Shrek is a hero for many reasons. Firstly, Shrek engages in heroic transformation by going through the hero’s journey (Allison et al., 2019). Secondly, Shrek goes through the hero’s journey in a new, unknown setting, which is crucial for initiating any kind of heroic transformation or change in the person (Allison et al., 2019). Additionally, Shrek took an enormous risk to his own safety by saving Princess Fiona from the dragon, which is a characteristic of a hero (Rhoda, 2019). Lastly, despite Shrek’s crude appearance, heroism and heroes can take more than one form (Jayawickreme & Di Stefano, 2012)….

The Great Eight Traits of Heroes

“The Great Eight” is a set of traits believed to be found in the majority of heroes. These traits are as follows: smart, strong, resilient, selfless, caring, charismatic, reliable, and inspiring (Allison & Goethals, 2011). It is unusual for a hero to have all of these characteristics, but most heroes have the majority of The Great Eight. These traits were identified after researching the preferences of over 100 participants in a study….

Stanford Prison Experiment 

The Stanford Prison Experiment is a social psychology study in which Stanford University students were randomly assigned to the role of either prisoners or guards in a simulated prison environment. The experiment took place in 1971 at Stanford University and was conducted by Philip Zimbardo and his colleagues. The experiment was intended to run for two weeks, but it was terminated after six days. On day two, after the prisoner participants staged a rebellion, the guard participants began inhumanely punishing the prisoners. Prisoners quickly became depressed and traumatized; three participants asked to be released within four days. The guards became merciless and violent, to the point where the study had to be terminated due to the physical risk it posed to the participants (The Editors of Encyclopaedia Britannica, 2017). This study demonstrated the idea of the Banality of Evil, which is the theory that…. and biographical examples of heroes, anti-heroes, and villains.

The Romance of Heroism

Goethals, G. R., & Allison, S. T. (2019). The romance of heroism and heroic leadership. West Yorkshire: Emerald.

In this book, heroism experts George R. Goethals and Scott T. Allison explore how the romantic conception of heroes is constructed, both in real life and in our heads.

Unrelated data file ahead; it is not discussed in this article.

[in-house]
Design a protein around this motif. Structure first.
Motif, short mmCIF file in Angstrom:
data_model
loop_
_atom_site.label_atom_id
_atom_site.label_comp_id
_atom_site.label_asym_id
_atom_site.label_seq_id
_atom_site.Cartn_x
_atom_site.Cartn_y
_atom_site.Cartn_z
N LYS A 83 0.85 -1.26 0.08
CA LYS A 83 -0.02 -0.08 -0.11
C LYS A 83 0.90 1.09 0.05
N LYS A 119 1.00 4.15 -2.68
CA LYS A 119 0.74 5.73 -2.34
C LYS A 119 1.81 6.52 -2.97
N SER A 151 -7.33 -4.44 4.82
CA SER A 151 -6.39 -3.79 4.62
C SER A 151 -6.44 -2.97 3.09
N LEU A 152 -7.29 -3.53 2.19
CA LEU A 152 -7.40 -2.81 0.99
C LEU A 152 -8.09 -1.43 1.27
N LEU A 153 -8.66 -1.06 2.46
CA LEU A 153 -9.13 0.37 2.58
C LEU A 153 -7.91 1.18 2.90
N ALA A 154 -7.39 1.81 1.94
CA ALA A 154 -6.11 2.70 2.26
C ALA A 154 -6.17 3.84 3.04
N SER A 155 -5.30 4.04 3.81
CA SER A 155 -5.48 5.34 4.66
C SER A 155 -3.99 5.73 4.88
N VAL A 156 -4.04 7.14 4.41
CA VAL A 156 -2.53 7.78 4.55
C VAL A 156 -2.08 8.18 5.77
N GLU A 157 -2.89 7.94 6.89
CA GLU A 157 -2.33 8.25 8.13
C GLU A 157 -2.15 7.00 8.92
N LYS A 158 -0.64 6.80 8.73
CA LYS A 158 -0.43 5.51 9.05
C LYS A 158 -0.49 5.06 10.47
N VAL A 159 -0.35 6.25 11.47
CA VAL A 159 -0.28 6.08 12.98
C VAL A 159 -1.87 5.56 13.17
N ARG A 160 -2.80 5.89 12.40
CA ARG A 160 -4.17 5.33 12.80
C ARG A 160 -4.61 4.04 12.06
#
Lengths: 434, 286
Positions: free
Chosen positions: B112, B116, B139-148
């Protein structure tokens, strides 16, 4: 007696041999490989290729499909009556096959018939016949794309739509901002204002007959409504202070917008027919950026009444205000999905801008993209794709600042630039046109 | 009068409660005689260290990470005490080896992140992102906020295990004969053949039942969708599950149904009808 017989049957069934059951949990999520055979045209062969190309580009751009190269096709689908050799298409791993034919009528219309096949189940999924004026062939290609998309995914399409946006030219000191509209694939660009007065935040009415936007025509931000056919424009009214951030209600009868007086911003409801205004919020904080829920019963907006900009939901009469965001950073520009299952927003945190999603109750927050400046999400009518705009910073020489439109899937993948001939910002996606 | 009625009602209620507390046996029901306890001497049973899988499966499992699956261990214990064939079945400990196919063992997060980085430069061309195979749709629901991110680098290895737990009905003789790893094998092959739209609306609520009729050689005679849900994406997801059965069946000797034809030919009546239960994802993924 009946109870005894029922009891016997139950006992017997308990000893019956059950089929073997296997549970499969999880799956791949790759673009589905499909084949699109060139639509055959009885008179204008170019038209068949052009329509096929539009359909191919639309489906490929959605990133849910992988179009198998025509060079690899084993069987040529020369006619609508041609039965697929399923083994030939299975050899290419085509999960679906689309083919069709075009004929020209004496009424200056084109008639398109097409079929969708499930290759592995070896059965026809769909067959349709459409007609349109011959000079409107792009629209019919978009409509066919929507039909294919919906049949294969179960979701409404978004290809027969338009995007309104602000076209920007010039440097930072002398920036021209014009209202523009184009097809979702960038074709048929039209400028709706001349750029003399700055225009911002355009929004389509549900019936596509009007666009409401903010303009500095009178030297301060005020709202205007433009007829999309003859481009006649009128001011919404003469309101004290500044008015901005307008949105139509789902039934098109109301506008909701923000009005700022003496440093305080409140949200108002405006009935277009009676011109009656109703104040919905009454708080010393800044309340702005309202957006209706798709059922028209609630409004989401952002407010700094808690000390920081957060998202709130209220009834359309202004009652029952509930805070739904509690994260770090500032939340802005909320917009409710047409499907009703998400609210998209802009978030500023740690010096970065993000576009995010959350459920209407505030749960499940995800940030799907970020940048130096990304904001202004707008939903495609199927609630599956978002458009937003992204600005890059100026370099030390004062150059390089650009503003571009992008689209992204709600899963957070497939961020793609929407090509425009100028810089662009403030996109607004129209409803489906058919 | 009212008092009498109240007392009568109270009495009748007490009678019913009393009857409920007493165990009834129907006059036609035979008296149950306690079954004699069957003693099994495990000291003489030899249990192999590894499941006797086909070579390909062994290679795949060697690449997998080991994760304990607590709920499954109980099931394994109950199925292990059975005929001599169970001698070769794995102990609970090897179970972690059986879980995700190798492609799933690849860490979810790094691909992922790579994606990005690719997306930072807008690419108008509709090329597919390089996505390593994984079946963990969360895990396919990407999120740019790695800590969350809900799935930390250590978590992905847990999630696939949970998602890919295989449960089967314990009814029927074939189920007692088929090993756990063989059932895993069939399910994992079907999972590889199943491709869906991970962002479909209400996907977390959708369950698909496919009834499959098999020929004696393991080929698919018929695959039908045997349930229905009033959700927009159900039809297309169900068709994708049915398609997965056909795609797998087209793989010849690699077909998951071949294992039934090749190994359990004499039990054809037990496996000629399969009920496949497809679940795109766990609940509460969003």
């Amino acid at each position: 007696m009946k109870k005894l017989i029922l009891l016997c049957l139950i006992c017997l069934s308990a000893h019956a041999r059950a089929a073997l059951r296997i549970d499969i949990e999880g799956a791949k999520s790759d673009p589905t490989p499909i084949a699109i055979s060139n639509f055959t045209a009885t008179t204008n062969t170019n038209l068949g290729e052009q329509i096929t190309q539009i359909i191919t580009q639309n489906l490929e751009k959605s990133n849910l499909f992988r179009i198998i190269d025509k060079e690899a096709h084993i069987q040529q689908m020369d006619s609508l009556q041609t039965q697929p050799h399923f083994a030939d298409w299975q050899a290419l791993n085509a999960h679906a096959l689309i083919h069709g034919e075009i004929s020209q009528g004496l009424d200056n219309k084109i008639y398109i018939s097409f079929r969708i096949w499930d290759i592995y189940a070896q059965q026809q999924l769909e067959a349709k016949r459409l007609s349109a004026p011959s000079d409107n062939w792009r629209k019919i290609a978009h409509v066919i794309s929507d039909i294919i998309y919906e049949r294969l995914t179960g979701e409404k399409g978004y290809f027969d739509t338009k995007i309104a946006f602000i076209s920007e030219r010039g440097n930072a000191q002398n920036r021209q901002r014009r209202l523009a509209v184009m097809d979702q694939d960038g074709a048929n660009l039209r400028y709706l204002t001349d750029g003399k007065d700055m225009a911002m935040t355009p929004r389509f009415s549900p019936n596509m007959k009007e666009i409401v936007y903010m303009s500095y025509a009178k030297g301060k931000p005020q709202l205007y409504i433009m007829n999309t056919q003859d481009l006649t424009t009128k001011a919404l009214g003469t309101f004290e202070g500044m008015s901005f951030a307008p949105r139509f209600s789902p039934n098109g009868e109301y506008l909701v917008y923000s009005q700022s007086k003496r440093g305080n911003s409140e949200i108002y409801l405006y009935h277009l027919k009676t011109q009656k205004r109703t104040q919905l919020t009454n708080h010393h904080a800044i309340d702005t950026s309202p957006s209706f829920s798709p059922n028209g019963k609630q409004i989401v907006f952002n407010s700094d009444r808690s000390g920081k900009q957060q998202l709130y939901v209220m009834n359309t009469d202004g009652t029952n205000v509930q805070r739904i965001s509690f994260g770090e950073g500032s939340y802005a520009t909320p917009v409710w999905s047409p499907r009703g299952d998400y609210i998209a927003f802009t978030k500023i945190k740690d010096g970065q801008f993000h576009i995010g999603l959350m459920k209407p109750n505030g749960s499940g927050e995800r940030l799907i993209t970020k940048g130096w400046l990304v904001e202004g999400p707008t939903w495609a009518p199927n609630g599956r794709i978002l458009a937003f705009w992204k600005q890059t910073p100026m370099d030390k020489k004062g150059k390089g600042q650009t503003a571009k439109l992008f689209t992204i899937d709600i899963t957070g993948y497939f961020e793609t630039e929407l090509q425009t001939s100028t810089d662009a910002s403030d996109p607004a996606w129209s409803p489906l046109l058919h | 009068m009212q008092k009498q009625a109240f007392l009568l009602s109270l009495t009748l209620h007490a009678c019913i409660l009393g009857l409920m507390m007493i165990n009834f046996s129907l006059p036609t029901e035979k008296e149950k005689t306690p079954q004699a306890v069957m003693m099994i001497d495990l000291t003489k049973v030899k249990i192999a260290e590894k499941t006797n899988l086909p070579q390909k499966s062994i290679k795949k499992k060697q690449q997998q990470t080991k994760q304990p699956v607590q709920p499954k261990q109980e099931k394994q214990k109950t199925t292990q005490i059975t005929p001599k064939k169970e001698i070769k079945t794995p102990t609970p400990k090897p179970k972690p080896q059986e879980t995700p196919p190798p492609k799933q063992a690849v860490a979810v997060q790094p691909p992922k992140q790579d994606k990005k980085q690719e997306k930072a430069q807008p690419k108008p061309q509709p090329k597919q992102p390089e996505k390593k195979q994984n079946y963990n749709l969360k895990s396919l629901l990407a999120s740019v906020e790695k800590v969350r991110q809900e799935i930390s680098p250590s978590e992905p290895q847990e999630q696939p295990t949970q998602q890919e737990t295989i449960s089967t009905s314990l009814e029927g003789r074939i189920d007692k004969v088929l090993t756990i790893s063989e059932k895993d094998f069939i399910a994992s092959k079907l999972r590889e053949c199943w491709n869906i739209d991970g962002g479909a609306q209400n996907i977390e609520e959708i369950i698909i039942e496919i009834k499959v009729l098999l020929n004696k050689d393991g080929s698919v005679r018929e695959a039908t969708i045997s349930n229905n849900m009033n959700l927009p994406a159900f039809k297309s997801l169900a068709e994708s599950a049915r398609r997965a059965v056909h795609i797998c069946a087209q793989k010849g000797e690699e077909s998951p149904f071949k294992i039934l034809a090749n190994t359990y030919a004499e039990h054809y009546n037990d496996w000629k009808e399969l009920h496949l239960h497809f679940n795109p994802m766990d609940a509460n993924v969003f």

Here is an excerpt from the Introductory chapter:

We adopt an approach that we call the romance of heroes.  Merriam-Webster defines romance as an emotional attraction, or special quality or feeling that comes from a person, place, or thing.  The verb form of romance is to exaggerate or invent detail.  This book explores these processes as they operate in our human perception of heroism.  We assume that people are motivated to actively construct reality from incomplete information.  There is a long history of theory and research in social perception and social cognition to support this idea.” 

“We also assume, based on our own research, that people are motivated to have heroes (Allison & Goethals, 2011).  Our contention in this book is that our love of heroes is so strong that we could call it a romantic longing.  Merriam-Webster reminds us that this longing is a strong emotional attraction that may cause mental exaggeration or invention.  Our desire and drive to designate people as heroes may be subject to distortion and to motivated perception under conditions of uncertainty.  We’ll also explore how this tendency to exaggerate or invent in response to strong motives can contribute to our construction of villains as well as heroes.”

Looking at the dichotomy of heroism and villainy, the authors offer insights into Donald Trump’s ascension to the US presidency, particularly detailing the correspondence between the needs of the US public and the promises the former reality TV star made in reply.

Goethals and Allison also consider how three highly charismatic men dramatically and fundamentally changed American society in the mid-20th century — Martin Luther King, Jr., Elvis Presley, and Muhammad Ali, called here The Three Kings.

This exciting and innovative book explores how charisma and human needs create romantic images of individuals as heroes and villains. For researchers and students of psychology and leadership, this is a fundamental text on the creation of both genuine heroes and false idols.

This book is now available for purchase at Amazon.com.

Goethals, G. R., & Allison, S. T. (2019). The romance of heroism and heroic leadership. West Yorkshire: Emerald.

 

Heroic Transformation: How Heroes Change Themselves and The World

The human journey is brimming with opportunities for growth and development. This volume, crafted superbly by a talented group of young student-scholars at the University of Richmond, explores the myriad ways that human beings have evolved to become extraordinary heroes.